8. Songbird Essentials SERUBFJF Fruit and Jelly Oriole Feeder
Here is another option for nature-friendly people who want a bird feeder made from recycled plastic. Songbird Essentials Fruit and Jelly feeder makes use of a birdhouse design that is brightly orange to attract orioles. Its plastic make is thick and rigid however, its jelly cup is a huge letdown. While the feeder itself looks like it would last a lifetime, the jelly cup is so thin it could break in your hands if you squeeze just above normal. It’s like the disposable fruit jelly cups you buy for your kids. The company eventually changed the flimsy plastic cup to a glass jar, so hopefully it’ll work better.
In any case, once you replace the jelly cup, the feeder works fine. Although it has four pegs where you can place half an orange each, you can actually just put two both on the lower pegs. Why? Because the higher pegs when placed with oranges are too high for orioles to reach. Plus there’s no place for the birds to perch if they want to eat the orange at the top.
It is still a great and attractive feeder as its bright color really draws orioles in. And unlike other plastic feeders, its color doesn’t fade as much even after a couple of years use and it doesn’t crack under the intense heat of the sun.
9. Stokes Select More Birds Oriole Feeder
If you’re looking for a nectar feeder with a large capacity, Stokes Select Oriole Feeder is a good choice. With 34 ounces (two ounces more than other big feeders) of capacity, you wouldn’t have to add your nectar mix every few hours. Both the bottle and the base feeder are orange in color, which attracts orioles. Plus the bottle is translucent so you can see how much more nectar it contains even from afar.
The bottle reservoir has a big enough hole to put my hand through, allowing me to clean it properly. Some reservoirs have small openings that make it harder for you to clean without a long cleaning brush, but this one is not like that. The material of the bottle, however, is not as thick as other feeders which can be problematic if bears come in and have a go.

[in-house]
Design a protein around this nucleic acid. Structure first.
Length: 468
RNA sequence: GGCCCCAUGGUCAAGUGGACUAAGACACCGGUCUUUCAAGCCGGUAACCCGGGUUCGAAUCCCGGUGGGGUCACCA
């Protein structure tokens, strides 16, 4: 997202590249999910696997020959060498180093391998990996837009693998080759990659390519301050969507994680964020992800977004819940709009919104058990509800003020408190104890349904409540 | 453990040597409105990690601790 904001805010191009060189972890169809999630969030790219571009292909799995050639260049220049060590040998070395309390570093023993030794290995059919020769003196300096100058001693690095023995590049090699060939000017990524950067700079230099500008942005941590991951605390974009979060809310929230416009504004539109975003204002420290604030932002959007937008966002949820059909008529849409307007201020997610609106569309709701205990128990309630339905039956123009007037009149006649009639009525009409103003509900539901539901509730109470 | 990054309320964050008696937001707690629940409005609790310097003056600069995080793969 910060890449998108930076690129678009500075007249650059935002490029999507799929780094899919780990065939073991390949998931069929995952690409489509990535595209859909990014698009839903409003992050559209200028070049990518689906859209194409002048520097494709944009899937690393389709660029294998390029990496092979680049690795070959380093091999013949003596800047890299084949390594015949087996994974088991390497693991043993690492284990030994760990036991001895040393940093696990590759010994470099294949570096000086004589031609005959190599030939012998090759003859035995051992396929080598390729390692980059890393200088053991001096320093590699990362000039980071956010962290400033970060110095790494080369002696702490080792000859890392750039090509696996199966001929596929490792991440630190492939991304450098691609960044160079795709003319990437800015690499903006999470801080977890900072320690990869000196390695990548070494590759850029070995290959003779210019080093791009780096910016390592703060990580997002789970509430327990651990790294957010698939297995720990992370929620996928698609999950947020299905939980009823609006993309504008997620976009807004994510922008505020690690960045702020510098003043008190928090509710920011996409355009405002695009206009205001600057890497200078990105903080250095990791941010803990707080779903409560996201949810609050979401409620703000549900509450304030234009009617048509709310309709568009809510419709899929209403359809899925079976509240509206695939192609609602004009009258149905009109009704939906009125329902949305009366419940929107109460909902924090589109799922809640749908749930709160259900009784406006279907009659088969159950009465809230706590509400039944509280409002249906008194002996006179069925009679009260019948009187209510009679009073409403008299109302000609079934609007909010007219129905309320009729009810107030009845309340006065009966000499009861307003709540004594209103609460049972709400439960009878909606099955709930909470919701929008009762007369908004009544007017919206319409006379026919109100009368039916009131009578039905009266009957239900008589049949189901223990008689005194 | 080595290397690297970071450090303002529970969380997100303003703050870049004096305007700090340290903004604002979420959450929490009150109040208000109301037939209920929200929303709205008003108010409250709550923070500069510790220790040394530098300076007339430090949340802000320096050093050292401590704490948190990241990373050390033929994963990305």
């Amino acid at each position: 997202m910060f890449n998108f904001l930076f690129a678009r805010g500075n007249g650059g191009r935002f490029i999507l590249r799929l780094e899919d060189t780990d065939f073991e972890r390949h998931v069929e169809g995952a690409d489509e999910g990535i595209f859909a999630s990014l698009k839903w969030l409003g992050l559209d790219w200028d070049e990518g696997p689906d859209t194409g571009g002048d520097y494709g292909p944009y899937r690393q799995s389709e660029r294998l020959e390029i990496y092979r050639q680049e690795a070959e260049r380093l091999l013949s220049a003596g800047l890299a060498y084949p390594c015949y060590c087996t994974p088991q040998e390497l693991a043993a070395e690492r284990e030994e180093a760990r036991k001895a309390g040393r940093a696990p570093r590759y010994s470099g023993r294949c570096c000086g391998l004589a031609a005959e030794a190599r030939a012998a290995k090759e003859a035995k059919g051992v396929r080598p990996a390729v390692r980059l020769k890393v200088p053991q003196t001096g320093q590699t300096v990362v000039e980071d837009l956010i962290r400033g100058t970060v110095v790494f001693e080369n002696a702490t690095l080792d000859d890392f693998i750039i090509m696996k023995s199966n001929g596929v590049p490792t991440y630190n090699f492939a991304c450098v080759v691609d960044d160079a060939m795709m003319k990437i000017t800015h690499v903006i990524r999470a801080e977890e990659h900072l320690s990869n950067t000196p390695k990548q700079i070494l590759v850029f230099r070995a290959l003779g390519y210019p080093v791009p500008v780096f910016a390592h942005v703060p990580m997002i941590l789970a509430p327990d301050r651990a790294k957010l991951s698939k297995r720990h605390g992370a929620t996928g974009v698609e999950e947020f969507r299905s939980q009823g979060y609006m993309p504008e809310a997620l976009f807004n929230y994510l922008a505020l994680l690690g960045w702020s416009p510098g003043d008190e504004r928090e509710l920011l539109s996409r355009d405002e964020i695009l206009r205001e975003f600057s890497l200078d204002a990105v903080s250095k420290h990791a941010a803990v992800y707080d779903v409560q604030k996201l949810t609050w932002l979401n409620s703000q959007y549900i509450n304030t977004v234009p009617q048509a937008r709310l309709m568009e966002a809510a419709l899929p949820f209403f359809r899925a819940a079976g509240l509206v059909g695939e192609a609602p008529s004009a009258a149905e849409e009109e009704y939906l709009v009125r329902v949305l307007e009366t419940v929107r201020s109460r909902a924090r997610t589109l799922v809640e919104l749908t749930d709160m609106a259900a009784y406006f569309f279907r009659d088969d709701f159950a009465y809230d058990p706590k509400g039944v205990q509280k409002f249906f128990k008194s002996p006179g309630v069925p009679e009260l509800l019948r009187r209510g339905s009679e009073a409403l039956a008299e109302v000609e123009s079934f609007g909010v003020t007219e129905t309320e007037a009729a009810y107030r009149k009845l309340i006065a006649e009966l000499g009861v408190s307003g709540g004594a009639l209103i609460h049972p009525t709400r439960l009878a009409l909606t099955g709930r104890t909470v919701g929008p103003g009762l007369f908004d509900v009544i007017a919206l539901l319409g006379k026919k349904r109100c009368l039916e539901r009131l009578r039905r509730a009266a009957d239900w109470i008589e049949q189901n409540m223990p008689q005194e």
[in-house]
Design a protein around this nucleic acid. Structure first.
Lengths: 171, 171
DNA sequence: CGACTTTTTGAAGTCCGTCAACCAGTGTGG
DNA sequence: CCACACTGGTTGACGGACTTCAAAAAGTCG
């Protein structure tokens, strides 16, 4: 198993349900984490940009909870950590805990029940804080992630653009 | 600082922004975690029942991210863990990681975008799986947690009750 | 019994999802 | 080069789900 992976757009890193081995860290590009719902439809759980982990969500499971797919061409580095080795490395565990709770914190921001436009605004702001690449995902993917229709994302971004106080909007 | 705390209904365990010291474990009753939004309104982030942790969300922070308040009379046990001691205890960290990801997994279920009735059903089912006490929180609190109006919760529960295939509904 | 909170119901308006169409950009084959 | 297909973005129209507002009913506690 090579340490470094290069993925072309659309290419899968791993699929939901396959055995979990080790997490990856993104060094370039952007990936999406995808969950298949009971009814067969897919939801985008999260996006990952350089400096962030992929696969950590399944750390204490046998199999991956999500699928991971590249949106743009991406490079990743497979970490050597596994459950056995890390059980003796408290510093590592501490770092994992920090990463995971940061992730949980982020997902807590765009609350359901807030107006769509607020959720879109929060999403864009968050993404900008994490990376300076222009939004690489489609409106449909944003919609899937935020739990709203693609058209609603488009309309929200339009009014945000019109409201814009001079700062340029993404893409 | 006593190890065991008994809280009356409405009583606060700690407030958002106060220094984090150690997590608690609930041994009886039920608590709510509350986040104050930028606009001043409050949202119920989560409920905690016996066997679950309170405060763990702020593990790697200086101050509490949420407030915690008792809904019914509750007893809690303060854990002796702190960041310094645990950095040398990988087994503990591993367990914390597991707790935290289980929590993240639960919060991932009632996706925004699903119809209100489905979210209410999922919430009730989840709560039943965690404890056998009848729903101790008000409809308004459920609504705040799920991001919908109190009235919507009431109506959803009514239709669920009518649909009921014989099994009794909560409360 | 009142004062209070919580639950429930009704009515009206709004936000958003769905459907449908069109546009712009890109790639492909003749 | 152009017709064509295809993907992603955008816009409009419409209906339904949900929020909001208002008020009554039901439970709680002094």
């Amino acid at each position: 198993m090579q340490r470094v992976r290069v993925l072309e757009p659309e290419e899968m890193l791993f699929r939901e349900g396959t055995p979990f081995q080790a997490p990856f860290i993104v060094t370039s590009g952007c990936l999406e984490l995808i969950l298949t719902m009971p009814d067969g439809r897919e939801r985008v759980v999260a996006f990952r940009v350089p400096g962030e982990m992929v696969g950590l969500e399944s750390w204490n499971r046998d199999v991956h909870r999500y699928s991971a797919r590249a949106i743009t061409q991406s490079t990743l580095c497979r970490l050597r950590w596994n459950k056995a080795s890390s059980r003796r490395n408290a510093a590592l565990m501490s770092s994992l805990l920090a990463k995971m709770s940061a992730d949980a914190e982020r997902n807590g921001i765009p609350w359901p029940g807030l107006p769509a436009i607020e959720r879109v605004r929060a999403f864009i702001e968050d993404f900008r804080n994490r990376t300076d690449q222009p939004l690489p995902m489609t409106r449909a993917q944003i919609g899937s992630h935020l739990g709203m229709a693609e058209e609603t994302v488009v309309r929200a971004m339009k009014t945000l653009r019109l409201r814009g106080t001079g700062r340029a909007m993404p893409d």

What I don’t like is that the bee guards can’t seem to keep bees away. Bees can easily push the covers in the port holes, so in they go and get drowned. Also, much like the Perky-Pet Opus Plus model we mentioned above, orioles don’t seem to know how to drink out of it at first. They need to learn by watching other birds (like the Hummingbirds that frequent our yard).
This is not one of my favorites, but it still works properly. And with its huge capacity, you can have it up for days without having to do a refill.
10. Perky-Pet 253 Oriole Jelly Wild Bird Feeder
The Perky-Pet 253 Jelly Feeder is another favorite of mine. It’s a set-it-and-leave-it type of jelly feeder. All you have to do is place jelly inside its reservoir jar, plug it to the base feeder, turn the knob and voila! Jelly ready for eating. You can also just screw the base feeder on any standard jelly jar in the market, so no need to wash the jar and put jelly in: just buy jelly and plug directly.
It’s a unique feeder since you may notice that most oriole feeders use jelly cups that you have to fill up every couple of hours. The knob under the orange base feeder allows the paddle inside to move the jelly and dispense several spoonfuls on the tray. It also has a wrap-around perch which allows several orioles to eat at a time. Some orioles even use the orange chains when the perch is too crowded for their liking.
It is important to note, though, that the base feeder has holes in it likely to prevent water from accumulating. Because of this, make sure not to place this feeder in your porch as the watery juices of the jelly would drip on your porch’s floor. Also, since you’re putting out a jar of jelly, be mindful not to place this feeder where the sun would shine on it directly. The heat can cause the jelly to either liquefy or turn bad.
The only thing I don’t like about this Perky Pet Oriole Feeder is that when you place a jar filled with jelly, it will completely block your view of the other side. So if orioles feed on the opposite side, you can hardly see it. But since this feeder attracts many orioles, I can still enjoy watching the others eat.
As far as top choices go, this is one of them for me. And for the price, it’s a purchase you’ll never regret.
What To Look For When Buying An Oriole Feeder
Tip #1. Choose a Feeder that allows you to offer at least two types of oriole food.